FeedBurner. Just typing it seems dated. We’ve used the service for years (maybe longer than we should have), with minimal issues, even though it seems to be running on auto-pilot. Still, we’ve gotten to the same point that probably every website owner has found themselves: where they have to make the decision to stay with a particular service or technology, or move on to something else. The choice can be difficult, because in some cases, the current technology works just fine (more or less). So why stop using it?
Well, in the case of Google‘s FeedBurner, this website owner has decided that it is indeed time to move on and start using a different service to manage our various rss feeds and subscribers. Of course we’re not unique in this decision: people have been switching feed management services since 2011 -2012 (around the time that Google announced that FeedBurner‘s APIs were deprecated) fearing that FeedBurner would wither up and die suddenly, leaving their subscribers high and dry overnight.
Reliable Alternatives to FeedBurner?
One thing’s certain: FeedBurner has been highly customizable and very reliable. Aside from a few glitches in service here and there, FeedBurner just keeps ticking along. One of the problems that people have with it is that there’s no longer any support for the service. Also, just logging into FeedBurner and the interface looks pretty much identical to how it looked back in 2008, and 2005, and yeah, almost the same since the day it was launched. Now a flashy, modern interface does not make one product any better than another. After all, it’s what’s under the hood that counts. I think what people want (along with reliability) is re-assurance that the project is alive and actively being supported and not going to close shop all of a sudden.
So how do you guarantee that the next player in the web feed business isn’t some fly-by-night operation? Well, you can’t. Plus, we all know that small shops often grow into big shops (FeedBurner was once a new player before Google bought them) and values change over time.
What’s important to remember about rss feeds is that your feed resides with your website and not the web feed service, so even if FeedBurner shut down today, your feed would still exist. What we’re more concerned with are subscribers and the look and feel of your feed. This is all really about maintaining and managing your subscribers. So with that said, changing services is quite painless and not really isn’t a big deal.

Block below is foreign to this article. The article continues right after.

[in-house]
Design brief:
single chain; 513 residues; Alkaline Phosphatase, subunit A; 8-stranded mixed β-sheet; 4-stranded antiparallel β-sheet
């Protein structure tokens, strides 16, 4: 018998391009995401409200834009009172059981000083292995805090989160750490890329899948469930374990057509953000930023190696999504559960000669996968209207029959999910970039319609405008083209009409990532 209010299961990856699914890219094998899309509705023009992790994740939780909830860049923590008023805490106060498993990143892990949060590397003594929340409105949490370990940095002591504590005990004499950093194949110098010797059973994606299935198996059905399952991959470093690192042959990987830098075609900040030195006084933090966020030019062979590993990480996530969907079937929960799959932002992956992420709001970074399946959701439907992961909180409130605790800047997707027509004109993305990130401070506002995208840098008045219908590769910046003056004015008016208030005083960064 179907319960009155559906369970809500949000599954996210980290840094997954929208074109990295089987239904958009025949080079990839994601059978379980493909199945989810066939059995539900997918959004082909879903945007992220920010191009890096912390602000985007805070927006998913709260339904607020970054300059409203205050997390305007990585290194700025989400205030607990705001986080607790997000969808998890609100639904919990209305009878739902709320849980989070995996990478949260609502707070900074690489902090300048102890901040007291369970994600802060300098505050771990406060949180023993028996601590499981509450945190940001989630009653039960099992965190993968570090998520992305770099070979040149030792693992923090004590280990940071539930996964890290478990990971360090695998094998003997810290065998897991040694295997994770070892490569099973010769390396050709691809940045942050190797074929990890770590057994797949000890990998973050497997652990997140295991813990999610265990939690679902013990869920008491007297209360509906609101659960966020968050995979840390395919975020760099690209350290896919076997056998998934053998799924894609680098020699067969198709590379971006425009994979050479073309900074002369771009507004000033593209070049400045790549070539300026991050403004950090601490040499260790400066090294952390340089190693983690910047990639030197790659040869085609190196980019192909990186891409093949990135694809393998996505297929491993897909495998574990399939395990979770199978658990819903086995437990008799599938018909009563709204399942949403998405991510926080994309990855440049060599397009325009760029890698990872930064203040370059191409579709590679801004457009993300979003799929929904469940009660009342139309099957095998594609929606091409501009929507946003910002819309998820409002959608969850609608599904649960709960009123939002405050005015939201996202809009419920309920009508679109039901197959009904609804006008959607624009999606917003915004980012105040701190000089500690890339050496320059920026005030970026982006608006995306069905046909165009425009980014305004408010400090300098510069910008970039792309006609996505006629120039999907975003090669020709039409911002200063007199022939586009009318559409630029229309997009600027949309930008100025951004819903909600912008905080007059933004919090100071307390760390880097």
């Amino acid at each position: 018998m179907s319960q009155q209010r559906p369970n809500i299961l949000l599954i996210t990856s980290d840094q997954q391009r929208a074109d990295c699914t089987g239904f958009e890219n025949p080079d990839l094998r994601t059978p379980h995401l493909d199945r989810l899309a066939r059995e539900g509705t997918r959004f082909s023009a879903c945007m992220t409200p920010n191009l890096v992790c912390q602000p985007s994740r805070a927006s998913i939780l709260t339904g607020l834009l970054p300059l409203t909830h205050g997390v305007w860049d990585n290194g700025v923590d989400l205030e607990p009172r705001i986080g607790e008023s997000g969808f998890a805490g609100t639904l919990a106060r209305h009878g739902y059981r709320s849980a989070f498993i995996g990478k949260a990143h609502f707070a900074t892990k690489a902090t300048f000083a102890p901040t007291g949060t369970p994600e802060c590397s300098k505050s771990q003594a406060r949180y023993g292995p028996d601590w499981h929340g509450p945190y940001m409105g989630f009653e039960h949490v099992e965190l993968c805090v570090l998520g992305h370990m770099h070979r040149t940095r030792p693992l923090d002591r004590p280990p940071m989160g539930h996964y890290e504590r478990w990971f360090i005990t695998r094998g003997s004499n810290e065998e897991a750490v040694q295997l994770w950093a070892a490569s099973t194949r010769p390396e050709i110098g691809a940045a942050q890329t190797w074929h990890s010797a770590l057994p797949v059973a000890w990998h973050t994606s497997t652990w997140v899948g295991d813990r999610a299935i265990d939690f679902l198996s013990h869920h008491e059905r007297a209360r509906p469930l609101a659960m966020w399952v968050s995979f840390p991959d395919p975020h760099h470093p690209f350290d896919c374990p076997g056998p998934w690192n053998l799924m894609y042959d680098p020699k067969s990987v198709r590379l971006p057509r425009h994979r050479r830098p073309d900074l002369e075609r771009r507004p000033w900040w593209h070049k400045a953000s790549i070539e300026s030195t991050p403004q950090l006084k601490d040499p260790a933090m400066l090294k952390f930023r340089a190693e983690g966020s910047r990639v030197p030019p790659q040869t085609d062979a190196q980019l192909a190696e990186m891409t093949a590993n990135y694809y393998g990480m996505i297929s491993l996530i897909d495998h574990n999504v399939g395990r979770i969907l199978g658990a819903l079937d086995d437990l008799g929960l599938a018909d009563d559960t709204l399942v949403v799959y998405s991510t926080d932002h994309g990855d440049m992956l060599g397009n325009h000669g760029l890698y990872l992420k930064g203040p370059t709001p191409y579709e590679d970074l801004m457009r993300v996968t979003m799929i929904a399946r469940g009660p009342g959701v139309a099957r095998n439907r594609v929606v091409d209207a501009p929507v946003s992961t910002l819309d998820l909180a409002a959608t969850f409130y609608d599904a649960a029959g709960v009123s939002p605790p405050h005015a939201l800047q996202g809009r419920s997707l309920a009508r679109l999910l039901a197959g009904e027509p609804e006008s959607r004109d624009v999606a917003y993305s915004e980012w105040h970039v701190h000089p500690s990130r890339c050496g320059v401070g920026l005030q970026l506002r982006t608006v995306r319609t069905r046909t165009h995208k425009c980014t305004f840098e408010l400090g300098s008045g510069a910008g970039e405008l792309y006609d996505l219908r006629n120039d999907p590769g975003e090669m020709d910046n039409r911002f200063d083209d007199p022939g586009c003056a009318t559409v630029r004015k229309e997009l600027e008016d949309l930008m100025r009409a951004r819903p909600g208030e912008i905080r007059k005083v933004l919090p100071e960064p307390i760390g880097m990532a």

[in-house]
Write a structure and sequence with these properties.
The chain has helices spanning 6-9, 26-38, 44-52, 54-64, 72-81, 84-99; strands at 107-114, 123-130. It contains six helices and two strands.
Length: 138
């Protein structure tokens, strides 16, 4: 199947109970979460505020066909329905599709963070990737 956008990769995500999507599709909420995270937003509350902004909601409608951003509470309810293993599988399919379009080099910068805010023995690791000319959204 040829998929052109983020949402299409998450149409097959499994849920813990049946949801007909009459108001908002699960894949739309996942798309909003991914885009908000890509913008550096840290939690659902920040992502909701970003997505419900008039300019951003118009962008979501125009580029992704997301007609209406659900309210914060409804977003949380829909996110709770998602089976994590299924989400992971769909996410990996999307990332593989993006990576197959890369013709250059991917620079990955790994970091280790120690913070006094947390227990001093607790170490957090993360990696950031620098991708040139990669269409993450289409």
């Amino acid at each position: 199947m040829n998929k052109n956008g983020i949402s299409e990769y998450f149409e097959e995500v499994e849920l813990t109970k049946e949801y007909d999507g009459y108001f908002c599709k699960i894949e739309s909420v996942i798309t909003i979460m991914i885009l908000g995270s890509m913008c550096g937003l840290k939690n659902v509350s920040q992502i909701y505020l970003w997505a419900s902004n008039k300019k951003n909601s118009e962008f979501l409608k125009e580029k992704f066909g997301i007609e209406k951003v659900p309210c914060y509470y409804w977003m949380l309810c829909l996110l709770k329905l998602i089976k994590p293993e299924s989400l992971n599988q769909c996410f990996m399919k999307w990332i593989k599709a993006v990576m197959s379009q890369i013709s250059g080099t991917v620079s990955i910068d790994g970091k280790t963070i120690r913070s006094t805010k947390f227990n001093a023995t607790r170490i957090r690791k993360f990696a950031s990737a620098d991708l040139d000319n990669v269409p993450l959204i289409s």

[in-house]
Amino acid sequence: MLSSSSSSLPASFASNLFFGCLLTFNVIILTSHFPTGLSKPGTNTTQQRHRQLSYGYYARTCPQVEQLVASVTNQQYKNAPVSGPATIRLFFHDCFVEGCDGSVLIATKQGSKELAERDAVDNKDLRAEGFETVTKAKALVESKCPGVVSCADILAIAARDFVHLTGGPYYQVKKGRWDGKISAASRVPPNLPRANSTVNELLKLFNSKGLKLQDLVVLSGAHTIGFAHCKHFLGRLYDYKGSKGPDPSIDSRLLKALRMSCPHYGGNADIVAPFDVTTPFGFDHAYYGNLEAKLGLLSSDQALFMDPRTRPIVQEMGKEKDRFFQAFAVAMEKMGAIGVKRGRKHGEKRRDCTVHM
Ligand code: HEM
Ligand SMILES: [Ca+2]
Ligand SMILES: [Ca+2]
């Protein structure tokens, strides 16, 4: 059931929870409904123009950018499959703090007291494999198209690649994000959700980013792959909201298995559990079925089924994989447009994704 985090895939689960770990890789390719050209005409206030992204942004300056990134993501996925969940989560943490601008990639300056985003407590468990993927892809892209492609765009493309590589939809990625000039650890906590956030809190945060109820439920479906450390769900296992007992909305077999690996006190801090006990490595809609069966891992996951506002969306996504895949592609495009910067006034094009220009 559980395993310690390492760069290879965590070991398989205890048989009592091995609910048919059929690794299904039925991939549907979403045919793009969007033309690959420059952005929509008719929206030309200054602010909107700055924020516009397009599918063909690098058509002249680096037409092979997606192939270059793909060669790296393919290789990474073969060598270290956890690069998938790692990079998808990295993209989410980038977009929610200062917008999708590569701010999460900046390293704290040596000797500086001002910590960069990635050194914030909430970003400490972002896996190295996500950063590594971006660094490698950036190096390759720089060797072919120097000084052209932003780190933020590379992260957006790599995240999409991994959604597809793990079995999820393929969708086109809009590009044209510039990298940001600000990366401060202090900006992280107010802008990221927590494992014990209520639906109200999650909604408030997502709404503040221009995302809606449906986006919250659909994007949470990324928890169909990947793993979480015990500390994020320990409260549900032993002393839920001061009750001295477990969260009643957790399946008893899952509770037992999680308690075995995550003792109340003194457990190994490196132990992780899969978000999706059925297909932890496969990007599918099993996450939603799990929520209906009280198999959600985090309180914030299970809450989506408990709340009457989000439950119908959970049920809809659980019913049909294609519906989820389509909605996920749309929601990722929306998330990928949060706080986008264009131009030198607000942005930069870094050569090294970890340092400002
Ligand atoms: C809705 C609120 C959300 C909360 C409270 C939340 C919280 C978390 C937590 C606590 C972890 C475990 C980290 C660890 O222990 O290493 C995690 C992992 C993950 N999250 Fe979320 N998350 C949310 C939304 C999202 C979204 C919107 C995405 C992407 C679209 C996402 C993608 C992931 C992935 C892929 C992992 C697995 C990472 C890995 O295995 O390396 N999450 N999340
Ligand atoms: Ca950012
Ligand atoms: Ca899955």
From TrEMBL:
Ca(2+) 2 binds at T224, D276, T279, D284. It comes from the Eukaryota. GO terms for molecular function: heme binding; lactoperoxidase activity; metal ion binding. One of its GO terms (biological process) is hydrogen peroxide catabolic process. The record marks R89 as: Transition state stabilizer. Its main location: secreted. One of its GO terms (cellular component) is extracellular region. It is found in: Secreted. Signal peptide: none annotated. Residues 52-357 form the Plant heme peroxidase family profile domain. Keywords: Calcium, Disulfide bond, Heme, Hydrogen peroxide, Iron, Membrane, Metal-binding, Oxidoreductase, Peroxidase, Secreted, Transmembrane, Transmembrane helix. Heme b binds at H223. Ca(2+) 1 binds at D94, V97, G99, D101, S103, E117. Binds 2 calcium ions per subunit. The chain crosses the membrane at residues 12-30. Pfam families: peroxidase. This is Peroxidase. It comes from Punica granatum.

So which service do you choose?
Free service vs a paid service?
Not everybody likes to spend money on web services that are/were generally available for free. However, sometimes a paid service provides better support, which isn’t to say that better support is guaranteed (which is why reviews are so valuable). My suggestion before moving over to a paid service would be to first check out their reviews, and have a look at the size of their user base.
“Why haven’t you switched to an alternative to FeedBurner yet?”
That’s the question that a friend asked me the other day which I found kind of presumptuous. It’s as if I was expected to bail out from FeedBurner when everyone was switching in droves. I think it’s very important to take a step back and watch the herd for awhile before joining it. Why? Because sometimes the herd is wrong and will charge right off a cliff. Ok, we will admit that we’ve taken a very, very long step back..
So, over the years, we’ve seen services like Aweber and MailChimp mature and almost become standards in their specialty. Both of these are email subscriber specific do not support RSS but if you do have large subscriber lists and heavy duty newsletters, these two will do the heavy lifting.
More feed specific services like feedblitz, SpecificFeeds and FeedPress do take care of your RSS feed and your subscribers (except FeedPress which uses MailChimp). Out of these 3, only SpecificFeeds is free and has a wide variety of features. They also make a pretty good case for moving away from FeedBurner.
I’m switching my feed management to…
For the purposes of this site which is still low-traffic/low-visibility, we’re going with SpecificFeeds for the following reasons:
a) Free – low overhead for a site that’s new and not yet profitable.
b) SpecificFeeds has a WordPress plugin that makes migrating your feed and subscribers easy-peasy.
c) Support and active, i.e., not languishing in development purgatory.
And don’t forget, regardless of what feed/subscription service you go with, you are still your most reliable service. And by that we mean you should always make a periodic backup of your subscribers!